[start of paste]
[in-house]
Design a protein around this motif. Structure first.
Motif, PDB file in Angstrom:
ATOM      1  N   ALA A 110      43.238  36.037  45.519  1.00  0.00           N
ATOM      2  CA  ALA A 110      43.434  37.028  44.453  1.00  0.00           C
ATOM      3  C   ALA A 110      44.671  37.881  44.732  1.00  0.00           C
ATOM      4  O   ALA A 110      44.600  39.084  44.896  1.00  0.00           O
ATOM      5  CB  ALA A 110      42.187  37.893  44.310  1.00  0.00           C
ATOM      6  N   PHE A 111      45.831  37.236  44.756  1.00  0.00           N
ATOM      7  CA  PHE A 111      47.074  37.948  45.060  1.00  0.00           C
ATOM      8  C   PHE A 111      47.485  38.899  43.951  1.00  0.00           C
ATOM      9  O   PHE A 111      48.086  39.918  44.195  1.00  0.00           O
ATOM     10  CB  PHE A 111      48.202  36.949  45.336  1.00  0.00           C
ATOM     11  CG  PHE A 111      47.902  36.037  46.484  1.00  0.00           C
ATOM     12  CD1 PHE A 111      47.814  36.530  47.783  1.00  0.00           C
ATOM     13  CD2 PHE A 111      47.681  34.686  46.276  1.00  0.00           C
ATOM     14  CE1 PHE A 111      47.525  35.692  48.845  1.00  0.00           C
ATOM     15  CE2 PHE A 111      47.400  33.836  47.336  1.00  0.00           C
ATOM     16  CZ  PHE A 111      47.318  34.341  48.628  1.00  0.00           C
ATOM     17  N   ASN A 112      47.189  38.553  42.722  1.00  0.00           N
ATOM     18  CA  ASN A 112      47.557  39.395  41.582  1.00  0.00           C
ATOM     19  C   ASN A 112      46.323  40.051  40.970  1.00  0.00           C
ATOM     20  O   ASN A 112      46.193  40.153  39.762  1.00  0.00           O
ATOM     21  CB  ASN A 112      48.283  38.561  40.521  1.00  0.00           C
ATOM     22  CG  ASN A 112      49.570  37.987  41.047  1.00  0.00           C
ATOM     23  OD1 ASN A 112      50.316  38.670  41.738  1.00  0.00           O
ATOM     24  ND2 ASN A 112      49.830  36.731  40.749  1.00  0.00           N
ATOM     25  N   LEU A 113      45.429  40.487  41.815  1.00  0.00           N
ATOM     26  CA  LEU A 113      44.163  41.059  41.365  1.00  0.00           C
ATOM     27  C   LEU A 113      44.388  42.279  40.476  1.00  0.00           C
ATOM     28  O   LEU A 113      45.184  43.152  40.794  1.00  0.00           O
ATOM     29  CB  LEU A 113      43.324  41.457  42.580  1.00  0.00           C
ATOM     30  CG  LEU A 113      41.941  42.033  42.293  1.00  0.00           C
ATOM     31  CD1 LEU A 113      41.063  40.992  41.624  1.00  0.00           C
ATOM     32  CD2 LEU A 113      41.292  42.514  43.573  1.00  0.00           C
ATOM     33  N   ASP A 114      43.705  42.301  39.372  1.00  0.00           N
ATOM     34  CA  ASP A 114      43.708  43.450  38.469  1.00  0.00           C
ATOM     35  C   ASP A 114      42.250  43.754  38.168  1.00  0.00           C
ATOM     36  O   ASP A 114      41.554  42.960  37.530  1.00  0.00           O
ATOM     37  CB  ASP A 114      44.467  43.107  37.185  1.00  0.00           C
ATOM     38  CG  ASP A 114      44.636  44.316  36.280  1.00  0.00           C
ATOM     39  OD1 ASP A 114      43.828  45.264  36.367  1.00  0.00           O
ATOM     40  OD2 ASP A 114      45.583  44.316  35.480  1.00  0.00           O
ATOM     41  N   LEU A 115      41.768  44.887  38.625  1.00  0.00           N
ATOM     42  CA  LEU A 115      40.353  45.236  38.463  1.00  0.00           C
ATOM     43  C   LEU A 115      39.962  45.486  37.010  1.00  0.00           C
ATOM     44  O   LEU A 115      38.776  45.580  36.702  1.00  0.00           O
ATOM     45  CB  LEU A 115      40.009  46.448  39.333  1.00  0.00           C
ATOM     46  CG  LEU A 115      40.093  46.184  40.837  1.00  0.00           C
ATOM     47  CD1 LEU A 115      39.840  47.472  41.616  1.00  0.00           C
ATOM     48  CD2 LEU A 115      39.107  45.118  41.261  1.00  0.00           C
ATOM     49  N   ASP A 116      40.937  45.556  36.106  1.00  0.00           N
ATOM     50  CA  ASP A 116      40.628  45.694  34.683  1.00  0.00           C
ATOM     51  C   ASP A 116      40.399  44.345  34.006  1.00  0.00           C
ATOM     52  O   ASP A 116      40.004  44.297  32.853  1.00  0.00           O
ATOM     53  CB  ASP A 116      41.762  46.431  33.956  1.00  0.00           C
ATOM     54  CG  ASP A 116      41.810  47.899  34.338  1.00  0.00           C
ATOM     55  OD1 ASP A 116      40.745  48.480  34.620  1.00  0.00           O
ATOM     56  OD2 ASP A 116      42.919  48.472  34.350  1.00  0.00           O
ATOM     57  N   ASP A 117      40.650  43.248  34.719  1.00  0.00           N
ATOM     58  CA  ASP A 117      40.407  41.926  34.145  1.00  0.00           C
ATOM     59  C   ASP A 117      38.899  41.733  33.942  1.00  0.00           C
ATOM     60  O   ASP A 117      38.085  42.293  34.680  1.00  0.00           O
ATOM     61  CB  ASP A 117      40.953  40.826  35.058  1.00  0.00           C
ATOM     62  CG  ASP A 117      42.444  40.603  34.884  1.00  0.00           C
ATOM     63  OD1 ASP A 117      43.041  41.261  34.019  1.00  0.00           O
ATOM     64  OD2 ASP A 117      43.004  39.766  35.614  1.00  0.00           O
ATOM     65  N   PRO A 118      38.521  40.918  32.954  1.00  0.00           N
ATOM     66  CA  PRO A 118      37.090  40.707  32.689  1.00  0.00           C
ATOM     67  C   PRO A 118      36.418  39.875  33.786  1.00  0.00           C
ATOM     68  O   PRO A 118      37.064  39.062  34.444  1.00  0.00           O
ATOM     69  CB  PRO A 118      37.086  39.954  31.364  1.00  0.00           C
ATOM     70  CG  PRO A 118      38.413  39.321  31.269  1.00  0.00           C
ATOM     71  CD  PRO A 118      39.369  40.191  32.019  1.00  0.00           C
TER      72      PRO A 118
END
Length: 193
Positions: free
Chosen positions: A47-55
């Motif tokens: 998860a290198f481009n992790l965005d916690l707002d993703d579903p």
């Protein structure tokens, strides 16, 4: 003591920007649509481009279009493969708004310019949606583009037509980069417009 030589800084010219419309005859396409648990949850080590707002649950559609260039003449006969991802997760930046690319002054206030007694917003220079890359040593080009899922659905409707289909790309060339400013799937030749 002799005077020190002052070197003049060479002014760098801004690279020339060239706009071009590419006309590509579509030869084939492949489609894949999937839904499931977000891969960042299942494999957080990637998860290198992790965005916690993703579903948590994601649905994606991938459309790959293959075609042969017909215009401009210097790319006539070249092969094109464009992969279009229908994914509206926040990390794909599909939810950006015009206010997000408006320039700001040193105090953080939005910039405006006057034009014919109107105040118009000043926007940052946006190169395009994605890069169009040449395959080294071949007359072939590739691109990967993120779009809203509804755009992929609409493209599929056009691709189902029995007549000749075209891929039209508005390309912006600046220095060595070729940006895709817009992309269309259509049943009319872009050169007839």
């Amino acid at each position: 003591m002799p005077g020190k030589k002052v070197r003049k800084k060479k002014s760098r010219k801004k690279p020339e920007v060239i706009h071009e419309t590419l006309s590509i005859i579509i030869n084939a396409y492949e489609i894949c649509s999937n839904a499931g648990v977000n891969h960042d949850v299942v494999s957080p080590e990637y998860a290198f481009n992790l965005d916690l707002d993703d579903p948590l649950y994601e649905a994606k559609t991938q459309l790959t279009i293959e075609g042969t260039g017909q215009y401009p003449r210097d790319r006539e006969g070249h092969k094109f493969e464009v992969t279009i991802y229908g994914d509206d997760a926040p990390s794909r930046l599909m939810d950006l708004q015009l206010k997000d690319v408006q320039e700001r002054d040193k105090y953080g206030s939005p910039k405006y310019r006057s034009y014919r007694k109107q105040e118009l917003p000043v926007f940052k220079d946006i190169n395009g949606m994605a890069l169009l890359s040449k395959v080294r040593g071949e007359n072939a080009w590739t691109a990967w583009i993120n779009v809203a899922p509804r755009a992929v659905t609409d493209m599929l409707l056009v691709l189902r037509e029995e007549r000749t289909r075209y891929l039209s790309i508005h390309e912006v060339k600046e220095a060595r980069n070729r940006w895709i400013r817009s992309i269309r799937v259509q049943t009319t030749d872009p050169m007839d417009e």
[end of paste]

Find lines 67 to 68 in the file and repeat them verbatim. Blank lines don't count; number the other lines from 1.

ATOM     64  OD2 ASP A 117      43.004  39.766  35.614  1.00  0.00           O
ATOM     65  N   PRO A 118      38.521  40.918  32.954  1.00  0.00           N